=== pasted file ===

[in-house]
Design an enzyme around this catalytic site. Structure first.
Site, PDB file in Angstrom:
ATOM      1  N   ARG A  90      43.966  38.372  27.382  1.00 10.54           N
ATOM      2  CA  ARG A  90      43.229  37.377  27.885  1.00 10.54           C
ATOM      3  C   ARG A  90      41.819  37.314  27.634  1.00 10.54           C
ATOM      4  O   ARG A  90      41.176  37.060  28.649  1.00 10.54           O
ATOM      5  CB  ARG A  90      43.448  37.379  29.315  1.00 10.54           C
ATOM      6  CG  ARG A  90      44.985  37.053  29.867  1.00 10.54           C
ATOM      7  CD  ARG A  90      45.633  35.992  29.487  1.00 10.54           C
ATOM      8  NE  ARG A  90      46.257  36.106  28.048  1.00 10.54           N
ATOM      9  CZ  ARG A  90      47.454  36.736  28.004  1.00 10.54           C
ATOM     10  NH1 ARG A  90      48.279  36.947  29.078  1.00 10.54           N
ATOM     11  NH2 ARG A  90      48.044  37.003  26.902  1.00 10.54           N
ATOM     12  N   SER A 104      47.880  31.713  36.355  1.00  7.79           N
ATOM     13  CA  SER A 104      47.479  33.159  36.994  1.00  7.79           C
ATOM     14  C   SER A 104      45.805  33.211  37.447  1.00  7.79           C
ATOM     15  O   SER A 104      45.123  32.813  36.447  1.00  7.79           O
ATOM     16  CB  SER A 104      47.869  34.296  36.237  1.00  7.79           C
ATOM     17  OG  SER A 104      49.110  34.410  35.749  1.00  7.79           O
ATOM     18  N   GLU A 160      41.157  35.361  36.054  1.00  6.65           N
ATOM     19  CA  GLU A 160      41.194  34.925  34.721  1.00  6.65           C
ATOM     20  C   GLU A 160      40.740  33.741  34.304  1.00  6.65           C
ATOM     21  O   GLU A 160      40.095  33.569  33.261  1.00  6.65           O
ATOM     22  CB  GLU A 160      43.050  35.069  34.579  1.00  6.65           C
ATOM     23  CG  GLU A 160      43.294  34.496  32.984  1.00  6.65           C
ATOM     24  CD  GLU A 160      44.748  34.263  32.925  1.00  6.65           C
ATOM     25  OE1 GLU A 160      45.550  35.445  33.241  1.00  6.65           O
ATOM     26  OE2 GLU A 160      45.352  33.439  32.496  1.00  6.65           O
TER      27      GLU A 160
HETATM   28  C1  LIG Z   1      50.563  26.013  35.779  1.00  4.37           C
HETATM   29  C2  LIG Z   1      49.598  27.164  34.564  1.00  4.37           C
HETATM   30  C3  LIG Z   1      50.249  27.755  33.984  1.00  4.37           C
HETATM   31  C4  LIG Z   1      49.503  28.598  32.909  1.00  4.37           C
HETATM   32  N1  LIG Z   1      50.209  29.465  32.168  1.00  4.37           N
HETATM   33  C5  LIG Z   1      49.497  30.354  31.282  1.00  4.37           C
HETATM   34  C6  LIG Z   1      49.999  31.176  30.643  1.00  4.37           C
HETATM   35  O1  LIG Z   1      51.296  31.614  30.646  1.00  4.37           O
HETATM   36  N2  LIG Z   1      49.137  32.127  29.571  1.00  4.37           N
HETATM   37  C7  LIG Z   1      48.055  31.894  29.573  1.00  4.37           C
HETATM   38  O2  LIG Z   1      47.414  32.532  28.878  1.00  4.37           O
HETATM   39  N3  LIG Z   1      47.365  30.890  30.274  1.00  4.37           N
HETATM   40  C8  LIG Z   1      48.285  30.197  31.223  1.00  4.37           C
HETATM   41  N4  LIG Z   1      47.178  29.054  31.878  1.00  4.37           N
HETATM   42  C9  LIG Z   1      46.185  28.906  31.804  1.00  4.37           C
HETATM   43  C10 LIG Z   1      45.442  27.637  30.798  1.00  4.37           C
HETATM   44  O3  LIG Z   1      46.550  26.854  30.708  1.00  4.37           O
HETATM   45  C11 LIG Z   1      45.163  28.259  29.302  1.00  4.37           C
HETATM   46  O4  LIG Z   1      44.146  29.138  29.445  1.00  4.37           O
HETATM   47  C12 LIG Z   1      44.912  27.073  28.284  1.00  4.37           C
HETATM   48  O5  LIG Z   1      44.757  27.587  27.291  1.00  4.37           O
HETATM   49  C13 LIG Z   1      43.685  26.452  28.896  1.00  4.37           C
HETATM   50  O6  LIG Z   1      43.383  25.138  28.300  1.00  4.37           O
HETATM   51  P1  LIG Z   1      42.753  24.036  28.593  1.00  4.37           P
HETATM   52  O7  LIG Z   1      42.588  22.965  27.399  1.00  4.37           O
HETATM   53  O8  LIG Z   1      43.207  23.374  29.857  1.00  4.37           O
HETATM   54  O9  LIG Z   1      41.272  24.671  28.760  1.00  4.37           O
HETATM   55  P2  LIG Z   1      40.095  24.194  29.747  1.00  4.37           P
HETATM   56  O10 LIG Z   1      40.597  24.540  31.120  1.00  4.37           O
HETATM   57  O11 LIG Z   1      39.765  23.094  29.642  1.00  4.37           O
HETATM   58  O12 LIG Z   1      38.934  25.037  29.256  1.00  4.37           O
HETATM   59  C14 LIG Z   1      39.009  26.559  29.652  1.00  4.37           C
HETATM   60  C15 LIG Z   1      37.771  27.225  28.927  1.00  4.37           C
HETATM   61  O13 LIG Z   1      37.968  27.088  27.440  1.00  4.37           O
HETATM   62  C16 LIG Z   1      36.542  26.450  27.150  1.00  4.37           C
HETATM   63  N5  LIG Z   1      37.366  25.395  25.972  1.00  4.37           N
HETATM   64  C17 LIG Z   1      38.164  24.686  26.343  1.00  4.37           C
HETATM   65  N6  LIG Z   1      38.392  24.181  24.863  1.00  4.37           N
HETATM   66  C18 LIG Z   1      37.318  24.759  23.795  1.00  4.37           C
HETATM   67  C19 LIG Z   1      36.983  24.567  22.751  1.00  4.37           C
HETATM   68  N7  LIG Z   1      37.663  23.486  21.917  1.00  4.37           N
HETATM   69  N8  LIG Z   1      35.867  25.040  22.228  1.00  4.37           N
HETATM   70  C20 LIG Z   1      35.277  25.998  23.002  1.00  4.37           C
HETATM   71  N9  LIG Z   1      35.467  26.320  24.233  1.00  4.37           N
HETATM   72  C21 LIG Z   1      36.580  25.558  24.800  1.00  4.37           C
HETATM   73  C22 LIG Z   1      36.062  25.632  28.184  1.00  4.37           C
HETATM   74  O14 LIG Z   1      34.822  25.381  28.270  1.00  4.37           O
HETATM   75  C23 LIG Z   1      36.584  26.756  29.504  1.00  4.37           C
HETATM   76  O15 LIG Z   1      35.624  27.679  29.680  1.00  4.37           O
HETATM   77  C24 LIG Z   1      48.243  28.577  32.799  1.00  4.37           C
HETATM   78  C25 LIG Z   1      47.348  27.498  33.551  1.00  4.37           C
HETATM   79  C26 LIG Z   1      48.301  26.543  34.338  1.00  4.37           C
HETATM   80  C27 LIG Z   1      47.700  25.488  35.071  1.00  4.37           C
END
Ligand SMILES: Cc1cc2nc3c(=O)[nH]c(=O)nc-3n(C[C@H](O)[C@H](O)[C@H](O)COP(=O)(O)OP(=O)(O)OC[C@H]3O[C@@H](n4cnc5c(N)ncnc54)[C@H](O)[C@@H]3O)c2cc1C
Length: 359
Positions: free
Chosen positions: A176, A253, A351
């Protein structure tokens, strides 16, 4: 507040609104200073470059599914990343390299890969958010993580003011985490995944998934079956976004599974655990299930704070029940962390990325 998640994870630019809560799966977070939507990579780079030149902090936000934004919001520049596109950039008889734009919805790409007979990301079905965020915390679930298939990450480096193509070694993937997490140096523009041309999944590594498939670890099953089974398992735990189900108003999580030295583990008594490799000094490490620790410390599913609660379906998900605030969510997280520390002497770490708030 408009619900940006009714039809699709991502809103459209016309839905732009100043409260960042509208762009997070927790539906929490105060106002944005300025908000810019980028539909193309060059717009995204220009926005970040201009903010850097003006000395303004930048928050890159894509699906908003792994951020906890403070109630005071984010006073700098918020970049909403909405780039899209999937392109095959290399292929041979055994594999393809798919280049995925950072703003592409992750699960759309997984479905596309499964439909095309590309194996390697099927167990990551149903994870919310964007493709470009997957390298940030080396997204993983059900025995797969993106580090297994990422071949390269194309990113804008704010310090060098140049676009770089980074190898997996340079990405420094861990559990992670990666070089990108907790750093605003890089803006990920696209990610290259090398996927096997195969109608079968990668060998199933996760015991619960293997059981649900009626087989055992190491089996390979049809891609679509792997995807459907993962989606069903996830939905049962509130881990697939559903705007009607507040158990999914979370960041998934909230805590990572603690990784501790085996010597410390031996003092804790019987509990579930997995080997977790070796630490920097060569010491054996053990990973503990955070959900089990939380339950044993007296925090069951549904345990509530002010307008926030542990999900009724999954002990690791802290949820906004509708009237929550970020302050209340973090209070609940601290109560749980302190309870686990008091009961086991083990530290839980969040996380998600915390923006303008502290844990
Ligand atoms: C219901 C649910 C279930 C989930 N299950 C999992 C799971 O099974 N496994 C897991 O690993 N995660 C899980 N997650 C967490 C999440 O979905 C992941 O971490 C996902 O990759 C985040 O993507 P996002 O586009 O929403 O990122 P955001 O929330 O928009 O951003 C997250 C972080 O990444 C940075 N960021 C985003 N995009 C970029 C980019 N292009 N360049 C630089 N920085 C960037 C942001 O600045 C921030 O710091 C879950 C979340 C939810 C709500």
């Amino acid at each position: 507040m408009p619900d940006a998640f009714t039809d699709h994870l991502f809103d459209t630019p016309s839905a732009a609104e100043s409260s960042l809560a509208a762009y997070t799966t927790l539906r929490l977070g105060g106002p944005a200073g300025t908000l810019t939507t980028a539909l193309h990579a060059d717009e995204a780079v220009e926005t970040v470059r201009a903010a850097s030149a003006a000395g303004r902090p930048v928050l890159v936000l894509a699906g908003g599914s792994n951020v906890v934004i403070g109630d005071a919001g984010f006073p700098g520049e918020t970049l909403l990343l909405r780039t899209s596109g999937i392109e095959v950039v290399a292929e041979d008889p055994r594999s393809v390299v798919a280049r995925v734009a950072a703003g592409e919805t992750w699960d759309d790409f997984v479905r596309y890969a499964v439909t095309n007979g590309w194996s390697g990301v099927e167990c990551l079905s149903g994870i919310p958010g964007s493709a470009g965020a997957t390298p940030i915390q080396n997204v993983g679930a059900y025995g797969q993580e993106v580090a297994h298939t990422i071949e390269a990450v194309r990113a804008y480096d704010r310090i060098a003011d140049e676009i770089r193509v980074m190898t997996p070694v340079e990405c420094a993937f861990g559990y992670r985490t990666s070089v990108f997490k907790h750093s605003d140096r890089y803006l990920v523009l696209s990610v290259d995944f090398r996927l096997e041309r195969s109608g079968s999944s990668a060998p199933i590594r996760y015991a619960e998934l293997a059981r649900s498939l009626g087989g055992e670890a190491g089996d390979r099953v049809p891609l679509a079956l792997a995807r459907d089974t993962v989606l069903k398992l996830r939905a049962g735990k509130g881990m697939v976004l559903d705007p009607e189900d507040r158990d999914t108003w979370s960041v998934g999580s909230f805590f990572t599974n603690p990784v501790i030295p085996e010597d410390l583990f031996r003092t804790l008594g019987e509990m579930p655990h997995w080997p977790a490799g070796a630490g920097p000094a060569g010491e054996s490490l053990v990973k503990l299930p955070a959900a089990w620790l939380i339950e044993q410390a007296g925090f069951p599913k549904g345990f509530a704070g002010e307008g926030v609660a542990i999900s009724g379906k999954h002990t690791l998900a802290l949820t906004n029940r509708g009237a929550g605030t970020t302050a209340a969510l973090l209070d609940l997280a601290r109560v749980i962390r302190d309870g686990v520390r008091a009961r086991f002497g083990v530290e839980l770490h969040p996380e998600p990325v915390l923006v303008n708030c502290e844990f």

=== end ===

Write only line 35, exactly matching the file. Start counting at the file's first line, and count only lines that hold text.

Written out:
HETATM   32  N1  LIG Z   1      50.209  29.465  32.168  1.00  4.37           N